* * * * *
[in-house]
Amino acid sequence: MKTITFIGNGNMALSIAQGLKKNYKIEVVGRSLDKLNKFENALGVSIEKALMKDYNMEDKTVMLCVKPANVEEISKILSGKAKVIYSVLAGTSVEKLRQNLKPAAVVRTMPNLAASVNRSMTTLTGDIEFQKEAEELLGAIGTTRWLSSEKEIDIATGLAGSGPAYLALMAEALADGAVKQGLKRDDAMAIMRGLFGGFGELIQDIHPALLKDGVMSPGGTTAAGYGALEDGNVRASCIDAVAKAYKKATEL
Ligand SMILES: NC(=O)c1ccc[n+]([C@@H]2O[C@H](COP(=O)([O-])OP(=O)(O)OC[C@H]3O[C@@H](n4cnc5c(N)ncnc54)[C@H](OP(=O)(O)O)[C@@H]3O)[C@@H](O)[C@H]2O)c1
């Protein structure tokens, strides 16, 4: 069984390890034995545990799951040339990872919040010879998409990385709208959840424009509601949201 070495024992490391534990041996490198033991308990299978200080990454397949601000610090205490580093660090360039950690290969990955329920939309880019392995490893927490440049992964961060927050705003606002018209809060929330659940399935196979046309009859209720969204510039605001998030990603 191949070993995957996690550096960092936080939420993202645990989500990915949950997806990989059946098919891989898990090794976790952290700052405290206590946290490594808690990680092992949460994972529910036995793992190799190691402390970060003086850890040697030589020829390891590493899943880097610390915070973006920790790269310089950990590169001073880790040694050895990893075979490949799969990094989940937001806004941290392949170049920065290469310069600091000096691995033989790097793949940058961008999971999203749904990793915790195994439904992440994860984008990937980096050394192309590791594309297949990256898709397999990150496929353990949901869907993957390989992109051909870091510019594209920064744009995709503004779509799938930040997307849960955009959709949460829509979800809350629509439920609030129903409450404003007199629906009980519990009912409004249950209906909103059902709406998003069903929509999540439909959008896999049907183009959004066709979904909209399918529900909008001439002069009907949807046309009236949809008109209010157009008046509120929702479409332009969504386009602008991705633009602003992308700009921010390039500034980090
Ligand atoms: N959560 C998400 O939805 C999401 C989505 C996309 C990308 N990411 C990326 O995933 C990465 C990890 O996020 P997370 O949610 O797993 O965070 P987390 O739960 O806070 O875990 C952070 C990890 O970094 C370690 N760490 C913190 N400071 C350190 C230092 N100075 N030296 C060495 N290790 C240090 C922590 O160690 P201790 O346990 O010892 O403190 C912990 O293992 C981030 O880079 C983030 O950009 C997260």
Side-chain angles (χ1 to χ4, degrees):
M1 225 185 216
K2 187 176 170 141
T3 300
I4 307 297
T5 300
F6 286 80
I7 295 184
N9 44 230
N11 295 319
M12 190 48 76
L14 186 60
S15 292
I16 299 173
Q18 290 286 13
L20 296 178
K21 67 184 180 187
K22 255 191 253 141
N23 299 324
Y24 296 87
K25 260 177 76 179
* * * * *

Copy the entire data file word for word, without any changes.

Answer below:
[in-house]
Amino acid sequence: MKTITFIGNGNMALSIAQGLKKNYKIEVVGRSLDKLNKFENALGVSIEKALMKDYNMEDKTVMLCVKPANVEEISKILSGKAKVIYSVLAGTSVEKLRQNLKPAAVVRTMPNLAASVNRSMTTLTGDIEFQKEAEELLGAIGTTRWLSSEKEIDIATGLAGSGPAYLALMAEALADGAVKQGLKRDDAMAIMRGLFGGFGELIQDIHPALLKDGVMSPGGTTAAGYGALEDGNVRASCIDAVAKAYKKATEL
Ligand SMILES: NC(=O)c1ccc[n+]([C@@H]2O[C@H](COP(=O)([O-])OP(=O)(O)OC[C@H]3O[C@@H](n4cnc5c(N)ncnc54)[C@H](OP(=O)(O)O)[C@@H]3O)[C@@H](O)[C@H]2O)c1
């Protein structure tokens, strides 16, 4: 069984390890034995545990799951040339990872919040010879998409990385709208959840424009509601949201 070495024992490391534990041996490198033991308990299978200080990454397949601000610090205490580093660090360039950690290969990955329920939309880019392995490893927490440049992964961060927050705003606002018209809060929330659940399935196979046309009859209720969204510039605001998030990603 191949070993995957996690550096960092936080939420993202645990989500990915949950997806990989059946098919891989898990090794976790952290700052405290206590946290490594808690990680092992949460994972529910036995793992190799190691402390970060003086850890040697030589020829390891590493899943880097610390915070973006920790790269310089950990590169001073880790040694050895990893075979490949799969990094989940937001806004941290392949170049920065290469310069600091000096691995033989790097793949940058961008999971999203749904990793915790195994439904992440994860984008990937980096050394192309590791594309297949990256898709397999990150496929353990949901869907993957390989992109051909870091510019594209920064744009995709503004779509799938930040997307849960955009959709949460829509979800809350629509439920609030129903409450404003007199629906009980519990009912409004249950209906909103059902709406998003069903929509999540439909959008896999049907183009959004066709979904909209399918529900909008001439002069009907949807046309009236949809008109209010157009008046509120929702479409332009969504386009602008991705633009602003992308700009921010390039500034980090
Ligand atoms: N959560 C998400 O939805 C999401 C989505 C996309 C990308 N990411 C990326 O995933 C990465 C990890 O996020 P997370 O949610 O797993 O965070 P987390 O739960 O806070 O875990 C952070 C990890 O970094 C370690 N760490 C913190 N400071 C350190 C230092 N100075 N030296 C060495 N290790 C240090 C922590 O160690 P201790 O346990 O010892 O403190 C912990 O293992 C981030 O880079 C983030 O950009 C997260």
Side-chain angles (χ1 to χ4, degrees):
M1 225 185 216
K2 187 176 170 141
T3 300
I4 307 297
T5 300
F6 286 80
I7 295 184
N9 44 230
N11 295 319
M12 190 48 76
L14 186 60
S15 292
I16 299 173
Q18 290 286 13
L20 296 178
K21 67 184 180 187
K22 255 191 253 141
N23 299 324
Y24 296 87
K25 260 177 76 179